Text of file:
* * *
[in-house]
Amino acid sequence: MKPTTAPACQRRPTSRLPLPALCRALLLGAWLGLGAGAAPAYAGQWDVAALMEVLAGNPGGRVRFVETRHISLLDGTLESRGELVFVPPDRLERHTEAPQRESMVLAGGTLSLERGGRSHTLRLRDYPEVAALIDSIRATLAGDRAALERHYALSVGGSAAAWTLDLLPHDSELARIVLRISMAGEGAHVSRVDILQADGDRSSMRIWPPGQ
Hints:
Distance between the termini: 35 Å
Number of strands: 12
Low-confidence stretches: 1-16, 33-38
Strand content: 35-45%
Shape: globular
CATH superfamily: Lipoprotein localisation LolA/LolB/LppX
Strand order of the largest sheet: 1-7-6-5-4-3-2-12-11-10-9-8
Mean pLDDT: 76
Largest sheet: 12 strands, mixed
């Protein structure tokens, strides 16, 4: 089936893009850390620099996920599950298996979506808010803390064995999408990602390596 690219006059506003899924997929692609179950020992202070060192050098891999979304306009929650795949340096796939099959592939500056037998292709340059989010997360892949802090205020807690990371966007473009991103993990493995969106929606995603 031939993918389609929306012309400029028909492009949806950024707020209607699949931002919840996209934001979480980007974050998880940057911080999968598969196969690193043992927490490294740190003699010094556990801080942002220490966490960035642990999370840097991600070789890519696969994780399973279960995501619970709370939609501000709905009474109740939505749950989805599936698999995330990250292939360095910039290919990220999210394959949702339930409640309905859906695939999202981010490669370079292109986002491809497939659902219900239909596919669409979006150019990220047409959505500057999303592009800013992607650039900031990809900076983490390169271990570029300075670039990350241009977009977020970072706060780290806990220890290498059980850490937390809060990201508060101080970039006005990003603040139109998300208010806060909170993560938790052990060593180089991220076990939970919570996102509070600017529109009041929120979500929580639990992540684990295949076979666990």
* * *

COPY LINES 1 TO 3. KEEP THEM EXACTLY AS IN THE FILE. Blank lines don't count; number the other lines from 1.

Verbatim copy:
[in-house]
Amino acid sequence: MKPTTAPACQRRPTSRLPLPALCRALLLGAWLGLGAGAAPAYAGQWDVAALMEVLAGNPGGRVRFVETRHISLLDGTLESRGELVFVPPDRLERHTEAPQRESMVLAGGTLSLERGGRSHTLRLRDYPEVAALIDSIRATLAGDRAALERHYALSVGGSAAAWTLDLLPHDSELARIVLRISMAGEGAHVSRVDILQADGDRSSMRIWPPGQ
Hints: